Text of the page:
I also only get an error on <1/5 of the requests, and even when the
 error occurs, the response has been written completely to the browser.

Ahh, ok, I believe the problem is simply the timing of the 'close/EndRequest'. Sometimes it happens /before/ the data has been completely read (1/5), other times after (4/5). R

It seems nginx is to blame here, and not me. I tried Lighttp and it works. It gives several EWOULDBLOCK, but I can just handle these again with no problem. I should have tried this sooner... I've used a lot of time trying to track down these problems :| Thanks for all your help - I'll update this thread if I find a solution to the nginx issue.
Oct 03 2011
parent simendsjo <simendsjo gmail.com> writes:
On 03.10.2011 20:41, simendsjo wrote:
 It seems nginx is to blame here, and not me. I tried Lighttp and it
 works. It gives several EWOULDBLOCK, but I can just handle these again
 with no problem. I should have tried this sooner... I've used a lot of
 time trying to track down these problems :|

 Thanks for all your help - I'll update this thread if I find a solution
 to the nginx issue.

Well, that was quick... Seems I was running a development version of nginx. I downloaded the stable version, and things work as expected - I can finally try to get some actual coding done :)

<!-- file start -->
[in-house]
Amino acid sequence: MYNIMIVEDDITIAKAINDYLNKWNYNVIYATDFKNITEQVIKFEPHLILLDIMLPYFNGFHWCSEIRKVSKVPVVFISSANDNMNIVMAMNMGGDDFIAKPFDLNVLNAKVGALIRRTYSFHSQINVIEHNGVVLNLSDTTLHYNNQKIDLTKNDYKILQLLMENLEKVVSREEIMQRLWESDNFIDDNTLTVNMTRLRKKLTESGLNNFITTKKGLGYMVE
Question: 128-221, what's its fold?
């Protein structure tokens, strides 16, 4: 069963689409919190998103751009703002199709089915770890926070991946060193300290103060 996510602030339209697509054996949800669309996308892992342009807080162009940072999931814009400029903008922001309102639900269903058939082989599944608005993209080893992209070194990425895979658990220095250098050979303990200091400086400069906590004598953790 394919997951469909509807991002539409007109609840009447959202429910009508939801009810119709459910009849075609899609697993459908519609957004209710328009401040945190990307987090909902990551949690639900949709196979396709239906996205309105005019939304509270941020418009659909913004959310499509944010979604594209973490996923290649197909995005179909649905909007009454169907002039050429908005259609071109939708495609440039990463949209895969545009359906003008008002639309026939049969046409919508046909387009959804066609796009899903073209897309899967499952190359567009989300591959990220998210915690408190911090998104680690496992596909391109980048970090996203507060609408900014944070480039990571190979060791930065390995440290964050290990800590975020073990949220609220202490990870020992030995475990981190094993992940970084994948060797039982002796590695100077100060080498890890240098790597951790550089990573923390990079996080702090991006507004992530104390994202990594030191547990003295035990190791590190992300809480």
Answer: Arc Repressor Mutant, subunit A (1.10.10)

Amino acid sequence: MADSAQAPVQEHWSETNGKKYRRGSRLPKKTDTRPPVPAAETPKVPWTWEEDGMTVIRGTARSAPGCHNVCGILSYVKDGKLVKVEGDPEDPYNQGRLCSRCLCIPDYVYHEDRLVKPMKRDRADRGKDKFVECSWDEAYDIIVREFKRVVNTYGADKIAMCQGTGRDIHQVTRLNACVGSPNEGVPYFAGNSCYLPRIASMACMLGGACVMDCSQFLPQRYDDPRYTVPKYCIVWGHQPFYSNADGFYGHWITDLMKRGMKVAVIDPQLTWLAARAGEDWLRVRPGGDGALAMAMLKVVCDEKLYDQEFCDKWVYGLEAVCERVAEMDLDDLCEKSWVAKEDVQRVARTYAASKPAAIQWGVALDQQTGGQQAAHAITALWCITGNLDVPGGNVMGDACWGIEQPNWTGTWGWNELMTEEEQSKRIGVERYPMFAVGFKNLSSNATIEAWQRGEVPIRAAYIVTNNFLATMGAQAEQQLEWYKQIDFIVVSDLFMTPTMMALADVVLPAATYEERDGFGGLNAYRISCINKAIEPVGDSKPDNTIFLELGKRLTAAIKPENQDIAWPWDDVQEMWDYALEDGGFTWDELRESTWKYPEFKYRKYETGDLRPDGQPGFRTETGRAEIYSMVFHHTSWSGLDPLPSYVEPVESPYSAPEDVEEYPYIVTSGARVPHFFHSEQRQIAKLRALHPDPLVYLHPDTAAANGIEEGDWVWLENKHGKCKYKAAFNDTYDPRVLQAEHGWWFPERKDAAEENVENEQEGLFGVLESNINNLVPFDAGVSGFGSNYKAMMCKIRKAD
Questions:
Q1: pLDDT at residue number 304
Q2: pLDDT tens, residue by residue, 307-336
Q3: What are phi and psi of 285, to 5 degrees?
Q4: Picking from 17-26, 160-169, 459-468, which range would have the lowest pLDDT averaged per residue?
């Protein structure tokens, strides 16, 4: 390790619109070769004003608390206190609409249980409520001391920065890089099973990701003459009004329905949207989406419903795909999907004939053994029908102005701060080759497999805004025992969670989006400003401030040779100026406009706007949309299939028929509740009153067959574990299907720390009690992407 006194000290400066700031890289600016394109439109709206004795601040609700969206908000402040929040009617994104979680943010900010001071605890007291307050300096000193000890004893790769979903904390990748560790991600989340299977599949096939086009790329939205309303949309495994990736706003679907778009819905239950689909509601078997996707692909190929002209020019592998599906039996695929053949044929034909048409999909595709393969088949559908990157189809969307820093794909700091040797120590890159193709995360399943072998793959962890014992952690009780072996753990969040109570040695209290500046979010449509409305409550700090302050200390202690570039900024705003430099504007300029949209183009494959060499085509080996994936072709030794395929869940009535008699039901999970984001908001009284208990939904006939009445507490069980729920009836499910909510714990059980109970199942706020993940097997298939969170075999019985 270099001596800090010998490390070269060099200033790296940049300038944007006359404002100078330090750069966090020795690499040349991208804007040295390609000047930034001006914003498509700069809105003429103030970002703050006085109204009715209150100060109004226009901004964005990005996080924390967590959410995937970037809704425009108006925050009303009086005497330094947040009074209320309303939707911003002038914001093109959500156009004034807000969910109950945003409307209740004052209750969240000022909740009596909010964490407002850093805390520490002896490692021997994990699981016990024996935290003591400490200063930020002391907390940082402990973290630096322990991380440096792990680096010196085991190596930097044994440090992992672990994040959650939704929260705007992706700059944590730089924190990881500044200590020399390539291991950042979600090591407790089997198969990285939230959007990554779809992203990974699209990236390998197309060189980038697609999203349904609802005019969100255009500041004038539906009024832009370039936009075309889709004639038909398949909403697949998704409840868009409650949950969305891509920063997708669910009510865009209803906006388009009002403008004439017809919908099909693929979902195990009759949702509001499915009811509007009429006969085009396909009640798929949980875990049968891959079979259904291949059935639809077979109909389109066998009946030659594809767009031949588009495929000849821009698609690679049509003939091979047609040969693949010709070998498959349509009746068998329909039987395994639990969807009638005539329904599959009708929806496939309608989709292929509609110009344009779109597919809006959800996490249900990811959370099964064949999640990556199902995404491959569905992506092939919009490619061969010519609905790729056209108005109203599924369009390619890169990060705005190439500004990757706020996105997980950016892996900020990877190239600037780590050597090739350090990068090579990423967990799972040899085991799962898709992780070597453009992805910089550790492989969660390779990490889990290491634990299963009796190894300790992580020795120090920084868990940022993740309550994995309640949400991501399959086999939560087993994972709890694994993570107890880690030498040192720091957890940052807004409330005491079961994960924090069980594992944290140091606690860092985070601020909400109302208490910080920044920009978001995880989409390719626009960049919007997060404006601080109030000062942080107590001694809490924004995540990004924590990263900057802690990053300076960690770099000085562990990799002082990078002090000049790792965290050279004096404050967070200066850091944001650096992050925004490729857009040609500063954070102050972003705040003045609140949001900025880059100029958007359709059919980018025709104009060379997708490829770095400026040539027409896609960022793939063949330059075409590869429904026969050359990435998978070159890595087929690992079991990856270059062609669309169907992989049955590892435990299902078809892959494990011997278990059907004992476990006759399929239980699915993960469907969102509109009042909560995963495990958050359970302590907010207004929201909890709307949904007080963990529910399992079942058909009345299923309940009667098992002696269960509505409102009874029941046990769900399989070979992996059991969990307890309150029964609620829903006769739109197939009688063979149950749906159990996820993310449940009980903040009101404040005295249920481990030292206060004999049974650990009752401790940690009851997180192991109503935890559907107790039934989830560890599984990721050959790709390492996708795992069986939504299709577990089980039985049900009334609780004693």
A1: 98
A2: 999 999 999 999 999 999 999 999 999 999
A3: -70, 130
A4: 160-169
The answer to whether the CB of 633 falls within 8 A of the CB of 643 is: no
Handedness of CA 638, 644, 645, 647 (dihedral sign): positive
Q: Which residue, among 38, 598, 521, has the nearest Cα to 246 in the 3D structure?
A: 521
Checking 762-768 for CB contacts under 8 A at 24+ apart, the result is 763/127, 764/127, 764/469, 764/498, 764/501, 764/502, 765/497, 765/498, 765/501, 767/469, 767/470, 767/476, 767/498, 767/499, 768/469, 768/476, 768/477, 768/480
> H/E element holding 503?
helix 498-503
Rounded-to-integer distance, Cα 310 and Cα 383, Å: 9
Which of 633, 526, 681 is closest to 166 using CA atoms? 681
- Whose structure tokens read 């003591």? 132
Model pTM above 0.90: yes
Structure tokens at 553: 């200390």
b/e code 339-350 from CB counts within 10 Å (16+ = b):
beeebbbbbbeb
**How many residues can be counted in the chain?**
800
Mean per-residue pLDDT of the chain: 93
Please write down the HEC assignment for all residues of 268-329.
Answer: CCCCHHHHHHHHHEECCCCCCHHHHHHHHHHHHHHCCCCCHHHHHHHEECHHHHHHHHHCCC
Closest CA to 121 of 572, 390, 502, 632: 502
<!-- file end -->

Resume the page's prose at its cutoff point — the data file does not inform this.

Oct 03 2011
prev sibling next sibling parent "Regan Heath" <regan netmail.co.nz> writes:
On Mon, 03 Oct 2011 12:57:56 +0100, simendsjo <simendsjo gmail.com> wrote:

 On 03.10.2011 11:36, Regan Heath wrote:
 For a "graceful" close you're supposed to ensure there is no data
 pending.  To do that you:

 shutdown(SD_SEND);  // send only, not recv
 <enter a loop reading all data remaining on the socket>
 close();

 The loop should read until recv returns 0.  If recv returns -1 and the
 socket is blocking it should error/exit.  If recv returns -1 and the
 socket is non-blocking it should check for [WSA]EWOULDBLOCK (and
 select/sleep + loop) or error/exit.

 The reason to do this is to flush all the data from the socket buffers